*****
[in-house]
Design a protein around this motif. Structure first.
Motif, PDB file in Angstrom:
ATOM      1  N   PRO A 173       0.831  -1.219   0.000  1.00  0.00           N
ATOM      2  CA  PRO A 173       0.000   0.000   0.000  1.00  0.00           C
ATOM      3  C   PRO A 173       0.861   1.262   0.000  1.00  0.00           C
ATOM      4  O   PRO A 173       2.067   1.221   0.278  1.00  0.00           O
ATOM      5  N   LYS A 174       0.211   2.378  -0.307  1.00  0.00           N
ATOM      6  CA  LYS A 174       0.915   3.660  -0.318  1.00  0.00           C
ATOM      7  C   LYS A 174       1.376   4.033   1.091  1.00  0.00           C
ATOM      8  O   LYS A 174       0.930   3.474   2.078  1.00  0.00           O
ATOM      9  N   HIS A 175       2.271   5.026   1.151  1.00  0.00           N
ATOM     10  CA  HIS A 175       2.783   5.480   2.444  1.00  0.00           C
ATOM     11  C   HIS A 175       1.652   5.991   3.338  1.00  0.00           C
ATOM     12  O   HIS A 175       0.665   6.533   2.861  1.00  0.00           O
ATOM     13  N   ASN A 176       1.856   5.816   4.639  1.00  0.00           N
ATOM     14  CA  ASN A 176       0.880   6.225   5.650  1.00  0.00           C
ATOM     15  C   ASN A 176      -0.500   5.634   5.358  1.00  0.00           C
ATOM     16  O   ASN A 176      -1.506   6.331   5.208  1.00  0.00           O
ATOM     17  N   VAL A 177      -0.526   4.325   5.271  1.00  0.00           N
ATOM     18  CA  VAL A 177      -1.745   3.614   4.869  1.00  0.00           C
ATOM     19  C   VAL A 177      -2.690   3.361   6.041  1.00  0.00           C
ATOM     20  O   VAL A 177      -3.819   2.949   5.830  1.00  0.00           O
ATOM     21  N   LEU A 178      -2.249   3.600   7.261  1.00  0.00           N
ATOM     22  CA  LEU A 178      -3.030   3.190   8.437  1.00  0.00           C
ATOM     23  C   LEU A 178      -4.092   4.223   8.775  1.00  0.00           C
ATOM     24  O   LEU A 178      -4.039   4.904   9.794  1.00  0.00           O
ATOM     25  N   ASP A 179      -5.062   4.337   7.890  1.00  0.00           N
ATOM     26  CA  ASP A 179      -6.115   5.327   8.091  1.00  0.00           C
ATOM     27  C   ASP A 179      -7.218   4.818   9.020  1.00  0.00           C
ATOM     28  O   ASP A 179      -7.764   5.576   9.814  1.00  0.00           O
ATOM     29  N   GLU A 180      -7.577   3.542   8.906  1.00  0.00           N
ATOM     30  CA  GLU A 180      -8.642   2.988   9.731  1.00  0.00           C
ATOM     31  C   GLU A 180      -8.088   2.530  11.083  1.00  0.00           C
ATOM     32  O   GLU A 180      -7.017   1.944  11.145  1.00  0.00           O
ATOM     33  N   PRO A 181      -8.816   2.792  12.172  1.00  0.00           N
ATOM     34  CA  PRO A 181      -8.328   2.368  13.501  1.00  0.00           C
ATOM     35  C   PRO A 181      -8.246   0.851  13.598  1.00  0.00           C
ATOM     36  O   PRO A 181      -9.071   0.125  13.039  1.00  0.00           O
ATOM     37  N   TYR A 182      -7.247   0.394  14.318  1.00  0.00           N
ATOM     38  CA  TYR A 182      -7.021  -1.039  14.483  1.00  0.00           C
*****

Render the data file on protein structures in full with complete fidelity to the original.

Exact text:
[in-house]
Design a protein around this motif. Structure first.
Motif, PDB file in Angstrom:
ATOM      1  N   PRO A 173       0.831  -1.219   0.000  1.00  0.00           N
ATOM      2  CA  PRO A 173       0.000   0.000   0.000  1.00  0.00           C
ATOM      3  C   PRO A 173       0.861   1.262   0.000  1.00  0.00           C
ATOM      4  O   PRO A 173       2.067   1.221   0.278  1.00  0.00           O
ATOM      5  N   LYS A 174       0.211   2.378  -0.307  1.00  0.00           N
ATOM      6  CA  LYS A 174       0.915   3.660  -0.318  1.00  0.00           C
ATOM      7  C   LYS A 174       1.376   4.033   1.091  1.00  0.00           C
ATOM      8  O   LYS A 174       0.930   3.474   2.078  1.00  0.00           O
ATOM      9  N   HIS A 175       2.271   5.026   1.151  1.00  0.00           N
ATOM     10  CA  HIS A 175       2.783   5.480   2.444  1.00  0.00           C
ATOM     11  C   HIS A 175       1.652   5.991   3.338  1.00  0.00           C
ATOM     12  O   HIS A 175       0.665   6.533   2.861  1.00  0.00           O
ATOM     13  N   ASN A 176       1.856   5.816   4.639  1.00  0.00           N
ATOM     14  CA  ASN A 176       0.880   6.225   5.650  1.00  0.00           C
ATOM     15  C   ASN A 176      -0.500   5.634   5.358  1.00  0.00           C
ATOM     16  O   ASN A 176      -1.506   6.331   5.208  1.00  0.00           O
ATOM     17  N   VAL A 177      -0.526   4.325   5.271  1.00  0.00           N
ATOM     18  CA  VAL A 177      -1.745   3.614   4.869  1.00  0.00           C
ATOM     19  C   VAL A 177      -2.690   3.361   6.041  1.00  0.00           C
ATOM     20  O   VAL A 177      -3.819   2.949   5.830  1.00  0.00           O
ATOM     21  N   LEU A 178      -2.249   3.600   7.261  1.00  0.00           N
ATOM     22  CA  LEU A 178      -3.030   3.190   8.437  1.00  0.00           C
ATOM     23  C   LEU A 178      -4.092   4.223   8.775  1.00  0.00           C
ATOM     24  O   LEU A 178      -4.039   4.904   9.794  1.00  0.00           O
ATOM     25  N   ASP A 179      -5.062   4.337   7.890  1.00  0.00           N
ATOM     26  CA  ASP A 179      -6.115   5.327   8.091  1.00  0.00           C
ATOM     27  C   ASP A 179      -7.218   4.818   9.020  1.00  0.00           C
ATOM     28  O   ASP A 179      -7.764   5.576   9.814  1.00  0.00           O
ATOM     29  N   GLU A 180      -7.577   3.542   8.906  1.00  0.00           N
ATOM     30  CA  GLU A 180      -8.642   2.988   9.731  1.00  0.00           C
ATOM     31  C   GLU A 180      -8.088   2.530  11.083  1.00  0.00           C
ATOM     32  O   GLU A 180      -7.017   1.944  11.145  1.00  0.00           O
ATOM     33  N   PRO A 181      -8.816   2.792  12.172  1.00  0.00           N
ATOM     34  CA  PRO A 181      -8.328   2.368  13.501  1.00  0.00           C
ATOM     35  C   PRO A 181      -8.246   0.851  13.598  1.00  0.00           C
ATOM     36  O   PRO A 181      -9.071   0.125  13.039  1.00  0.00           O
ATOM     37  N   TYR A 182      -7.247   0.394  14.318  1.00  0.00           N
ATOM     38  CA  TYR A 182      -7.021  -1.039  14.483  1.00  0.00           C